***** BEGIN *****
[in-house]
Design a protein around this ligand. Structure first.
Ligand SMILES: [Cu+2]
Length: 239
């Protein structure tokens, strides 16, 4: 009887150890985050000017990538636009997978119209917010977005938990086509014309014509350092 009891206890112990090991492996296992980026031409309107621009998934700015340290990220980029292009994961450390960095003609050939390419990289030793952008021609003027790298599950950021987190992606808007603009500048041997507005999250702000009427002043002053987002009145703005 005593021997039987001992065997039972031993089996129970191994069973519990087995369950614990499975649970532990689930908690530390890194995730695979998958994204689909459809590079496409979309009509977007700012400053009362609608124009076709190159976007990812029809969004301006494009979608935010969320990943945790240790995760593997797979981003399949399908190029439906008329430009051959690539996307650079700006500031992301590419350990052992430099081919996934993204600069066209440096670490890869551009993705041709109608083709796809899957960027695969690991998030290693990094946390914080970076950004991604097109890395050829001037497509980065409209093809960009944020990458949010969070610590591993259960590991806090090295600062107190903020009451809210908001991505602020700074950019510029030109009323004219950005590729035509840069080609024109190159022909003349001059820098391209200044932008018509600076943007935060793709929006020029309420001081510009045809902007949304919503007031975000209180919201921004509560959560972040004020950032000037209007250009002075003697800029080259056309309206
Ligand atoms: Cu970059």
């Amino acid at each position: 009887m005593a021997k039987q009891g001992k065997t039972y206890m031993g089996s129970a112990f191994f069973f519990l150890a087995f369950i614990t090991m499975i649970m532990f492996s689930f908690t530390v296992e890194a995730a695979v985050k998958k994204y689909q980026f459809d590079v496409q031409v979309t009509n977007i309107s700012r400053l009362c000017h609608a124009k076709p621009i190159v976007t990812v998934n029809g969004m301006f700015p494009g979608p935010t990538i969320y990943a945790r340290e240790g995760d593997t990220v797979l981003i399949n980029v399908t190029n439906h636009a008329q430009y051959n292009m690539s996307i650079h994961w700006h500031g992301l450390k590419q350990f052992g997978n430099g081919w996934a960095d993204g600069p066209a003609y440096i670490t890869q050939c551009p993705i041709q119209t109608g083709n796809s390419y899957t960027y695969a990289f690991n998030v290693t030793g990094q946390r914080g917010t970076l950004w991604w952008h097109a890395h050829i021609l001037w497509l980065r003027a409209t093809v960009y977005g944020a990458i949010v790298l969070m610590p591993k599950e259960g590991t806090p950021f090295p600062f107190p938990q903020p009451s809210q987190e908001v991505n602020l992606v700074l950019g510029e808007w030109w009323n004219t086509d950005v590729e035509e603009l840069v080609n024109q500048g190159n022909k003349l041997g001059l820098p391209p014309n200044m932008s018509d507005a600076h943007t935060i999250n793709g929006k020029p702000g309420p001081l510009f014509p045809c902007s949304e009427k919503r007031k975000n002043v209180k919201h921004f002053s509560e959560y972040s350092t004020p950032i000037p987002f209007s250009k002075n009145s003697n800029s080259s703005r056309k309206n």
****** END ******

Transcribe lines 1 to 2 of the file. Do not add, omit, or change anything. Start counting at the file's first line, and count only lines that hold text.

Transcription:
[in-house]
Design a protein around this ligand. Structure first.